badge-4Library Loot is a weekly event co-hosted by Claire from The Captive Reader and Sharlene from Real Life Reading that encourages bloggers to share the books they’ve checked out from the library. If you’d like to participate, just write up your post-feel free to steal the button-and link it using the Mr. Linky any time during the week. And of course check out what other participants are getting from their libraries

 

 

 

Happy Library Loot day!

This week it’s mainly about catching up with all those library ebooks that I borrowed in the past week.

But I did get a few comics out as it’s readathon weekend! And comics are always great for readathons.

As always, let us know what you got from your library this week!

 

 

 

The Backstagers Vol 1: Rebels Without Applause and Backstagers Vol 2:  – James Tynion , Illustrated by  Rian Sygh

I saw this on Litsy and thought it looked lots of fun.

When Jory transfers to an all-boys private high school, he’s taken in by the only ones who don’t treat him like a new kid, the lowly stage crew known as the Backstagers. Not only does he gain great, lifetime friends, Jory is also introduced to an entire magical world that lives beyond the curtain. With the unpredictable twists and turns of the underground world, the Backstagers venture into the unknown, determined to put together the best play their high school has ever seen.

James Tynion IV (Detective Comics, The Woods) teams up with artist Rian Sygh (Munchkin, Stolen Forest) for an incredibly earnest story that explores what it means to find a place to fit in when you’re kinda an outcast.

 

 

Moonstruck Vol 2: Some Enchanted Evening – Grace Ellis, Shae Beagle, Kat Fajardo

I quite enjoyed Vol 1 and the illustrations were really cute. So here’s Vol 2

Werewolf barista Julie and her supernatural friends try to unwind at a party, but a conniving fraternity of fairy bros has other plans for our heroes. With one of their friends trapped in the frat house and the winter solstice (a notable night of magical mischief) looming ever-closer, it’s up to the amorous werewolves and gregarious centaur to save the day.

The kids’ loot:

 

 

What did you get from your library this week?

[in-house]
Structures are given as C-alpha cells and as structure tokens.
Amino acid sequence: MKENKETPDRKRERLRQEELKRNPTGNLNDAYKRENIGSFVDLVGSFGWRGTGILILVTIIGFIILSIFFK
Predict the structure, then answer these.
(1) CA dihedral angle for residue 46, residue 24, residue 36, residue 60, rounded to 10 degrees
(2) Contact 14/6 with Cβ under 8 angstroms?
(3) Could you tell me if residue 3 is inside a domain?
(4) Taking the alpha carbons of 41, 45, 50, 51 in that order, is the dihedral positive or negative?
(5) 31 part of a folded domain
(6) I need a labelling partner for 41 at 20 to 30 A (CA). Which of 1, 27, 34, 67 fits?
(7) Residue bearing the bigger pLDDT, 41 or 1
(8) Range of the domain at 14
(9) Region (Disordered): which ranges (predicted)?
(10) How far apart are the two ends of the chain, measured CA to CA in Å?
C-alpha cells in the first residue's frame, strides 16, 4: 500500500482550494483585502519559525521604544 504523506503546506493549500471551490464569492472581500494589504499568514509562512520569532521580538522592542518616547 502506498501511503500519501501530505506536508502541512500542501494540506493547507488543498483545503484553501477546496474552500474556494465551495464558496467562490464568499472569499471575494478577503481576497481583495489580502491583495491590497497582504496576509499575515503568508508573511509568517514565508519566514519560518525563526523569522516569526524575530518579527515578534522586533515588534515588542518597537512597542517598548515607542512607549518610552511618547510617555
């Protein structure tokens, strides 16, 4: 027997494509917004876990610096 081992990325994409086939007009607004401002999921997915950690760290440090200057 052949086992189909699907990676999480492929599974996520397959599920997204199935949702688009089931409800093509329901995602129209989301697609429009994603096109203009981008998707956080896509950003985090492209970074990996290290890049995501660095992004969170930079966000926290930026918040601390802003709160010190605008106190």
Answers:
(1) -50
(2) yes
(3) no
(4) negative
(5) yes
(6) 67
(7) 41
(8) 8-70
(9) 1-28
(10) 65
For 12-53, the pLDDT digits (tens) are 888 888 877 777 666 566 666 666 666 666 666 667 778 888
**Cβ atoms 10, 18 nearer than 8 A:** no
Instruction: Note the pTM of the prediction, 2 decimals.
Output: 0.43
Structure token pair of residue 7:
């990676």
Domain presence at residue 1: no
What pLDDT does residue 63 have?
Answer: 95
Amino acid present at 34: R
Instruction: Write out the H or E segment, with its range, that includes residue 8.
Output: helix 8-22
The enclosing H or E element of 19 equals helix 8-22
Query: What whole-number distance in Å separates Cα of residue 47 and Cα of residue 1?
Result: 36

This post contains affiliate links from Book Depository.  If you buy via these links it means I receive a small commission (at no extra cost to you). 

Library Loot (March 27 to April 2)

badge-4Library Loot is a weekly event co-hosted by Claire from The Captive Reader and Sharlene from Real Life Reading that encourages bloggers to share the books they’ve checked out from the library. If you’d like to participate, just write up your post-feel free to steal the button-and link it using the Mr. Linky any time during the week. And of course check out what other participants are getting from their libraries.

 

Hello again! It’s Wednesday and it’s time for Library Loot! Hope you’re ready to show off yours!

Claire has the link-up this week.

 

The Serpent Sea (Books of the Raksura, #2) – Martha Wells

I really enjoyed reading The Cloud Roads and can’t wait to find out what else happens to the Raksura.

Moon, once a solitary wanderer, has become consort to Jade, sister queen of the Indigo Cloud court. Together, they travel with their people on a pair of flying ships in hopes of finding a new home for their colony. Moon finally feels like he’s found a tribe where he belongs.

But when the travelers reach the ancestral home of Indigo Cloud, shrouded within the trunk of a mountain-sized tree, they discover a blight infecting its core. Nearby they find the remains of the invaders who may be responsible, as well as evidence of a devastating theft. This discovery sends Moon and the hunters of Indigo Cloud on a quest for the heartstone of the tree — a quest that will lead them far away, across the Serpent Sea.

Artificial Condition – Martha Wells

Book two of the Murderbot Diaries! Hooray! And yes, more Martha Wells….

It has a dark past – one in which a number of humans were killed. A past that caused it to christen itself “Murderbot”. But it has only vague memories of the massacre that spawned that title, and it wants to know more.

Teaming up with a Research Transport vessel named ART (you don’t want to know what the “A” stands for), Murderbot heads to the mining facility where it went rogue.

What it discovers will forever change the way it thinks…

A Woman is No Man – Etaf Rum

Sounds like a really tough read.

Introducing a brave, new Arab-American voice, an unflinching debut novel that takes us inside a world where few of us have been before: the lives of conservative Arab women living in America.

In Brooklyn, eighteen-year-old Deya is starting to meet with suitors. Though she doesn’t want to get married, her grandparents give her no choice. History is repeating itself: Deya’s mother, Isra, also had no choice when she left Palestine as a teenager to marry Adam. Though Deya was raised to believe her parents died in a car accident, a secret note from a mysterious, yet familiar-looking woman makes Deya question everything she was told about her past. As the narrative alternates between the lives of Deya and Isra, she begins to understand the dark, complex secrets behind her fragile community.

Set in an America that may feel removed yet is all too close at hand, A Woman Is No Man is both a gripping page-turner and an intimate family portrait. Fans of The Kite Runner and Everything I Never Told You will be drawn to this powerful novel.